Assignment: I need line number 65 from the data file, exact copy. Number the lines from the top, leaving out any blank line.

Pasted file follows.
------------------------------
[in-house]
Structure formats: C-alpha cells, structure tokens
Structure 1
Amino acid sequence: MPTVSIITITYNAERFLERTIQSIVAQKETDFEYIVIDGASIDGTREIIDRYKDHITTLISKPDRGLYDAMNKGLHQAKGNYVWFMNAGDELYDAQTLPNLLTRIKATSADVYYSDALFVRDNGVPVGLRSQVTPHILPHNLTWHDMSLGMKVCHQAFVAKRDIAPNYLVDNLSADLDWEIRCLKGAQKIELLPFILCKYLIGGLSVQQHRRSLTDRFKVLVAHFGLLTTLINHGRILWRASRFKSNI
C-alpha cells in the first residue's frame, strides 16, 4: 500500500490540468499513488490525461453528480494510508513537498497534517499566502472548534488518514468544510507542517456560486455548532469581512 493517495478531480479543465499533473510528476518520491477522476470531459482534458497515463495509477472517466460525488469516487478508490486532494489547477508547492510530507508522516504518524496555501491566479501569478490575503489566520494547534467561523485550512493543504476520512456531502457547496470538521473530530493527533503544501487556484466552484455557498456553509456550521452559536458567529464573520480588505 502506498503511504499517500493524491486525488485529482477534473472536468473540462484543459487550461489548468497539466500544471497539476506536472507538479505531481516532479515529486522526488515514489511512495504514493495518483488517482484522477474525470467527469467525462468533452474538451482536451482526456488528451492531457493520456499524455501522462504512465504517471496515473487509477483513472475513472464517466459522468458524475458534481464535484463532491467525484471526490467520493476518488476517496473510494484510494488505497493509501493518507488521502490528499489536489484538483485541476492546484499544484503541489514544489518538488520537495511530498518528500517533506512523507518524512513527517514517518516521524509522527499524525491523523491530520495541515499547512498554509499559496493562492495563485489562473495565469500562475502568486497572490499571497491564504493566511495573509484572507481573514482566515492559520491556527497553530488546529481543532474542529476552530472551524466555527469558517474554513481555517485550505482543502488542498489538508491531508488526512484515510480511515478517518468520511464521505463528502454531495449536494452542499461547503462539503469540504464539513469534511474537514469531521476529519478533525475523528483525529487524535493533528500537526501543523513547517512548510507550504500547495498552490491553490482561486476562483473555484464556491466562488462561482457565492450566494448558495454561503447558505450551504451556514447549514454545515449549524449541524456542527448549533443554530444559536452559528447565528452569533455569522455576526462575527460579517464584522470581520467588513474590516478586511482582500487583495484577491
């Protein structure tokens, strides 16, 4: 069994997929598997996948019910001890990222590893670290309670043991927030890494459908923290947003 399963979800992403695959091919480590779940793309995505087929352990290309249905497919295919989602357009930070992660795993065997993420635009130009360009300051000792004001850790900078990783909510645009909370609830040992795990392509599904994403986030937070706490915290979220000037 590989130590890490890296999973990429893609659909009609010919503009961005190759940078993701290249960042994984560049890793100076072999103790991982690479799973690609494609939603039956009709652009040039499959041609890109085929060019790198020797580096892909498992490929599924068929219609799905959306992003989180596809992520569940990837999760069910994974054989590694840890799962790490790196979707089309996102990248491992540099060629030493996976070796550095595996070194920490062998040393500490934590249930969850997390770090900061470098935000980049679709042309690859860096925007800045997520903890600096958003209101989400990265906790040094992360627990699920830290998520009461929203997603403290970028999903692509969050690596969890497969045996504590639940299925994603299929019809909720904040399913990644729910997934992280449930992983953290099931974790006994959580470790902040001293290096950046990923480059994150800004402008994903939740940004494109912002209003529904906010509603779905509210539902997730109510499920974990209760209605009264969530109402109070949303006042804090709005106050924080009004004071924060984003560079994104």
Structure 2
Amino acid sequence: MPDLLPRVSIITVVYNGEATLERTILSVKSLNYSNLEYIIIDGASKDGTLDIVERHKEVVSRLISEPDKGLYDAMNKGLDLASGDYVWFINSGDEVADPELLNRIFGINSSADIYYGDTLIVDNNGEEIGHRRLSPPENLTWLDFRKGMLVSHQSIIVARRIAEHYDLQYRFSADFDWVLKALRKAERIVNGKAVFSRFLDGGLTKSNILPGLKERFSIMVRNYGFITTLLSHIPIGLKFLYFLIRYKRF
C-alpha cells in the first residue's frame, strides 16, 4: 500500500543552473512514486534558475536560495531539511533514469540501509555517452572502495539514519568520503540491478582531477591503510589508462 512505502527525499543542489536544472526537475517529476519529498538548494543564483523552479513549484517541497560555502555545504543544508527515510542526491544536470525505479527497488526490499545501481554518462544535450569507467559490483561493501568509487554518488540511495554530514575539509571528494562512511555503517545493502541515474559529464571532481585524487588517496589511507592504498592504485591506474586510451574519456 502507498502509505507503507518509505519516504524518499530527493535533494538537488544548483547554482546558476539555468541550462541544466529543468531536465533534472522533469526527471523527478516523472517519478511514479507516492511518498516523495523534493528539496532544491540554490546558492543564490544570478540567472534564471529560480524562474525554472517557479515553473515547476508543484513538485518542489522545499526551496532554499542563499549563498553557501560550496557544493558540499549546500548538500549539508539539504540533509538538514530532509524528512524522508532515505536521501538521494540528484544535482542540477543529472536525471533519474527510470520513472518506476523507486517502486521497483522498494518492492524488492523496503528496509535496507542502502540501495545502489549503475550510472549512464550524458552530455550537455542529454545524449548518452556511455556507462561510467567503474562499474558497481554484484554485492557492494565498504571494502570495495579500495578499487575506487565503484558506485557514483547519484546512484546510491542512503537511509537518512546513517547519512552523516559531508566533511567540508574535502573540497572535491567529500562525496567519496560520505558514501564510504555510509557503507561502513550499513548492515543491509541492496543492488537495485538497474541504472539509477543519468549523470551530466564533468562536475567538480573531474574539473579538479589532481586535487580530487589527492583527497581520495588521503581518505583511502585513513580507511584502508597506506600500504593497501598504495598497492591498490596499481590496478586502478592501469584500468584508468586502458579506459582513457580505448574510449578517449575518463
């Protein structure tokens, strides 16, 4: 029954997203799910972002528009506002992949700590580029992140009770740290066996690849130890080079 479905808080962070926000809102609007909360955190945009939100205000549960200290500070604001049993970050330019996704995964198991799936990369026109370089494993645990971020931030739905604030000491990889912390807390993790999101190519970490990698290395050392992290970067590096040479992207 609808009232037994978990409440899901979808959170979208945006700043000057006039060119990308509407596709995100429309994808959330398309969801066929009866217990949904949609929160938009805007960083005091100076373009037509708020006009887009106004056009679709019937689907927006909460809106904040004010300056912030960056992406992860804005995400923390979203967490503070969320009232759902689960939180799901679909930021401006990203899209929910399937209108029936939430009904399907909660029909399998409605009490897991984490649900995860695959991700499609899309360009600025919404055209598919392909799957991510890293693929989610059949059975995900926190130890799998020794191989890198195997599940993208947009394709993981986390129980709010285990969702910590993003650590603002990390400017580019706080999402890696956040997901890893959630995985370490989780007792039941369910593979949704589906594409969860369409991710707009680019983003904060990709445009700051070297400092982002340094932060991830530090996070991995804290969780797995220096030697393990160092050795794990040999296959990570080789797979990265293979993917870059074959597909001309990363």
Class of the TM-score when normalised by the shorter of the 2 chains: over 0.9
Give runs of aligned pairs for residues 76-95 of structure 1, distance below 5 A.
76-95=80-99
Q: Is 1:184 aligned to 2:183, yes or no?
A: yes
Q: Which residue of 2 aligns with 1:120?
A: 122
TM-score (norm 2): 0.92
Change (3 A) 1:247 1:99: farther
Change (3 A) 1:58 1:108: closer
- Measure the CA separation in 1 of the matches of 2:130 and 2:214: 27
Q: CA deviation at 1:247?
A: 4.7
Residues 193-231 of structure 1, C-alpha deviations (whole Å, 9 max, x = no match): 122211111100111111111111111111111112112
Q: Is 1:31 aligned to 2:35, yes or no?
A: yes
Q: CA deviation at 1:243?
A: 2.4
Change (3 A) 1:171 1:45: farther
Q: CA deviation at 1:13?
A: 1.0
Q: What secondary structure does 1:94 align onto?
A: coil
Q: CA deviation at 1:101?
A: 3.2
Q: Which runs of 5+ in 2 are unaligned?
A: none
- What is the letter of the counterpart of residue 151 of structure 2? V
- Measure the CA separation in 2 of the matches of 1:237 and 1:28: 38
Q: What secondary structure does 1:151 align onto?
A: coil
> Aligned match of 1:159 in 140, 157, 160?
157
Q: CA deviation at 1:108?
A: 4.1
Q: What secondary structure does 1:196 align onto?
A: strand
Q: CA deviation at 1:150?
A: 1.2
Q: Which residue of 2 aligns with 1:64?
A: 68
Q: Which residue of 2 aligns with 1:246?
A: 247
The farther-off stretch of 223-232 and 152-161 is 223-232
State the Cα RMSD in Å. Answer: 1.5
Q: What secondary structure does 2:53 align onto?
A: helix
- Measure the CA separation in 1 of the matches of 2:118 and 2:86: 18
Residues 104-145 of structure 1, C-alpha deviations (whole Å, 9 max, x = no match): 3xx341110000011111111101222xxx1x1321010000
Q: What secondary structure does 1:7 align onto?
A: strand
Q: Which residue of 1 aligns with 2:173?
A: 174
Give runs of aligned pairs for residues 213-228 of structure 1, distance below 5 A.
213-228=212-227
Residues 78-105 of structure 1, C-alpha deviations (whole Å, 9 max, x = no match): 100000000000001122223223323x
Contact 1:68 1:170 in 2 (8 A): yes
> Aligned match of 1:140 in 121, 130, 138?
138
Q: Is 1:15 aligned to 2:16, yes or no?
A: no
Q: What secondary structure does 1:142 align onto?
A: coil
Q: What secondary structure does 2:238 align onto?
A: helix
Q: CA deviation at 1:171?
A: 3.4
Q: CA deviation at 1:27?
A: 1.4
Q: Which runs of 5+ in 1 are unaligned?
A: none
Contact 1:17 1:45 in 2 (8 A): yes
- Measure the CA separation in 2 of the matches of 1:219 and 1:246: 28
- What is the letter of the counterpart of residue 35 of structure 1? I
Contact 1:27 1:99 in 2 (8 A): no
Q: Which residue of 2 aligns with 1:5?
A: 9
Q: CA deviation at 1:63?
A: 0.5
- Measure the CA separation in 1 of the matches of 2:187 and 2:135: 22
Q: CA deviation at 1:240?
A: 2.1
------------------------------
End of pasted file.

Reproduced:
213-228=212-227